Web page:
Strata Alert: The Court of Appeal Says “Imminent Risk” Not Required to Fund Repairs

The Court of Appeal Says “Imminent Risk” Not Required to Fund Repairs


Alex J. Chang, Associate
Phone:  604-685-1255


The Court of Appeal of BC has overruled a 2021 decision of the BC Supreme Court that dismissed a strata corporation’s petition under s. 173 of the Strata Property Act that sought court approval of a levy to fund repairs.

Section 173 was amended in 2009 to make it easier for a strata corporation to fund repairs.  The provision empowers the Supreme Court to approve a special levy when a majority of owners support the repairs, but the strata corporation can’t get the three-quarter vote needed.

Under s. 173, the strata corporation can apply to the Supreme Court within 90 days of a ¾ vote for a special levy to fund repairs for an order approving the resolution if:

  • the special levy is to raise money for maintenance or repairs of common property or common assets that are “necessary to ensure safety or to prevent significant loss or damage”, and
  • the number of votes cast in favour of the resolution is more than 50% but less than the 3/4 vote required to pass the special levy.

In Strata Plan VR 2213 (Re), 2021 BCSC 905, the Court dismissed the strata corporation’s section 173 petition to approve a special levy resolution to replace its existing EIFS face-sealed cladding system. The judge found that, while there was a risk that portions of the building’s exterior cladding would fall off as a result of its deterioration, that risk did not justify the extensive work proposed by the strata corporation:

… None of the experts emphasize any imminent risk of panels falling. The suggestion is that it is a potential risk at some point in the future. I am not prepared to find that a full remediation of the east elevation of the Building is necessary to ensure safety. I accept there is some risk of failure in the southern end of the east elevation of the Building. This is the one area the engineers agree needs to have work completed, and the Strata Corporation should address it, but it does not justify approving the entire s. 173 Petition.

The requirement for an “imminent risk” of a life-safety hazard appeared to many strata law observers, including this author, to be a departure from the established legal test that would make it significantly harder for strata corporations to fund repairs using s. 173.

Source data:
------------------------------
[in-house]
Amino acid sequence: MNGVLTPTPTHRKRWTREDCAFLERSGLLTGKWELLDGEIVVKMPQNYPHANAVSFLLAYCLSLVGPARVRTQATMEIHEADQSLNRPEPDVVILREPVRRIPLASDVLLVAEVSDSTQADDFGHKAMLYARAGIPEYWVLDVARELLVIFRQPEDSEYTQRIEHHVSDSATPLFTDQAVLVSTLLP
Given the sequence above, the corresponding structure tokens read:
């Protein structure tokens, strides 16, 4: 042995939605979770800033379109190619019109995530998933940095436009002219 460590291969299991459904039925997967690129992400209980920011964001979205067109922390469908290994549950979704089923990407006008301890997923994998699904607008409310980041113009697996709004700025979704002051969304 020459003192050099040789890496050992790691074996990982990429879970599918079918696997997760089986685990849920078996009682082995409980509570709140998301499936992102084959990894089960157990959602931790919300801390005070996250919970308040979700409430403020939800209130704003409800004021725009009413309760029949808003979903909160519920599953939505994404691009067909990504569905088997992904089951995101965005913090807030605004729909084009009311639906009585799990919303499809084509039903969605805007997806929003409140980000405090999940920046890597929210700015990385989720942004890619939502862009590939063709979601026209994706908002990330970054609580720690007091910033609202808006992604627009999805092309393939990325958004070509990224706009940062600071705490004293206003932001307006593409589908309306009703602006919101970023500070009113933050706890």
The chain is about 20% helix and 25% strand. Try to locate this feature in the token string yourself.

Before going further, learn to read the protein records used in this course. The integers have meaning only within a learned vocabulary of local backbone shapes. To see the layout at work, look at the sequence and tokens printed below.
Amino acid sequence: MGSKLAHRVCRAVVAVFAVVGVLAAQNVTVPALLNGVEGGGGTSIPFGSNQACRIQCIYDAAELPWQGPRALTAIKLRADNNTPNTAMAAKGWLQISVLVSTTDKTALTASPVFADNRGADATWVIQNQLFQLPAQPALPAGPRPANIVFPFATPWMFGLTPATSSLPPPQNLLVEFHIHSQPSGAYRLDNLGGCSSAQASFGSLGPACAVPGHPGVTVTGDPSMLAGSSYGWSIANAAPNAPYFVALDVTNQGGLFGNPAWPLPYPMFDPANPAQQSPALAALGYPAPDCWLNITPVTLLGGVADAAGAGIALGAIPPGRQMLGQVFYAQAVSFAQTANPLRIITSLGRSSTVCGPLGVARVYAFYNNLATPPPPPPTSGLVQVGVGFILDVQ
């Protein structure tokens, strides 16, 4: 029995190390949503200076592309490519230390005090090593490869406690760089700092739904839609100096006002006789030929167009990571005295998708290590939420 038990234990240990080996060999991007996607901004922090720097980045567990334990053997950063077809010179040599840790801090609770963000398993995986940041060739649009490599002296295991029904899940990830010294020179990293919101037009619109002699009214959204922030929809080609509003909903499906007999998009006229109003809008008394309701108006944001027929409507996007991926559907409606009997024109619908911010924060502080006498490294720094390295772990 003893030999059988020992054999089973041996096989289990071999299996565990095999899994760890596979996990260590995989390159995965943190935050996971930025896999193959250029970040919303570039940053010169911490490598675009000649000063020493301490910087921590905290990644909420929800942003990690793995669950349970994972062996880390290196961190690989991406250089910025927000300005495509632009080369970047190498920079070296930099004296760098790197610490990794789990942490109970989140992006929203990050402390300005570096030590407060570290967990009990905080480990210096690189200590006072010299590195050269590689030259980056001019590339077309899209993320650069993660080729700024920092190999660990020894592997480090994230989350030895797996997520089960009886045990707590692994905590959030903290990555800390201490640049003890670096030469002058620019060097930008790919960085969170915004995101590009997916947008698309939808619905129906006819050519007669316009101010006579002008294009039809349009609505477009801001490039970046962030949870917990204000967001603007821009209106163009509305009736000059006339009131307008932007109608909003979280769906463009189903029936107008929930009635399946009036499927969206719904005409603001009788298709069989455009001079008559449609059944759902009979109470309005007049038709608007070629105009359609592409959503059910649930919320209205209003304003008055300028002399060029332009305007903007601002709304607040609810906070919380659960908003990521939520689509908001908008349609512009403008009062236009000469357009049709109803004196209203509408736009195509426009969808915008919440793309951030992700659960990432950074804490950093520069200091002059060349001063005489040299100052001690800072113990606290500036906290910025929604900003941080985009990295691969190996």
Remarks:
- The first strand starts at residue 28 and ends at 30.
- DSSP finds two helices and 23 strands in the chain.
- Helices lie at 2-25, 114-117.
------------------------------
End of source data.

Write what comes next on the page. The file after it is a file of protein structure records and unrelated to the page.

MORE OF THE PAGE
On appeal, the higher Court in Thurlow & Alberni Project Ltd. v. Strata Plan VR 2213, 2022 BCCA 257 held that the lower Court erred in suggesting that, to obtain an order under s. 173, the proposed repairs must be immediately necessary or the minimum work required to address the problem. The real question for the Court is whether the repair is necessary to ensure safety or prevent a loss. If that threshold is met, the Court should avoid second-guessing the urgency or scope of the project, particularly if the strata council is acting in good faith and reasonably based on professional advice.

The Court of Appeal held that when it comes to repairs, the Court should give deference to the decision made by the strata council and approved by the majority of owners. The Court held: “It would be contrary to the remedial intention of [s. 173] to require the court to intensively analyse the scope of the work the strata corporation proposes to do. Doing so will only increase costs to owners and fail to address the deadlock the legislature clearly intended to resolve.”

This case reconfirms that s. 173 is meant to be remedial, and if the work is reasonably necessary to prevent damage or loss, the court should approve the levy. This welcome decision will ultimately make it easier for strata corporations to fulfill their statutory duty to repair and maintain their condominiums.

WHAT WE DO:  Lesperance Mendes has a dedicated team of strata lawyers with experience with the law concerning strata property, construction defects, repairs and maintenance issues. To inquire, please contact Alex J. Chang.


THIS ARTICLE IS NOT LEGAL ADVICE:  This article provides general information and should not be relied upon without independent legal advice with respect to the specific facts of your case.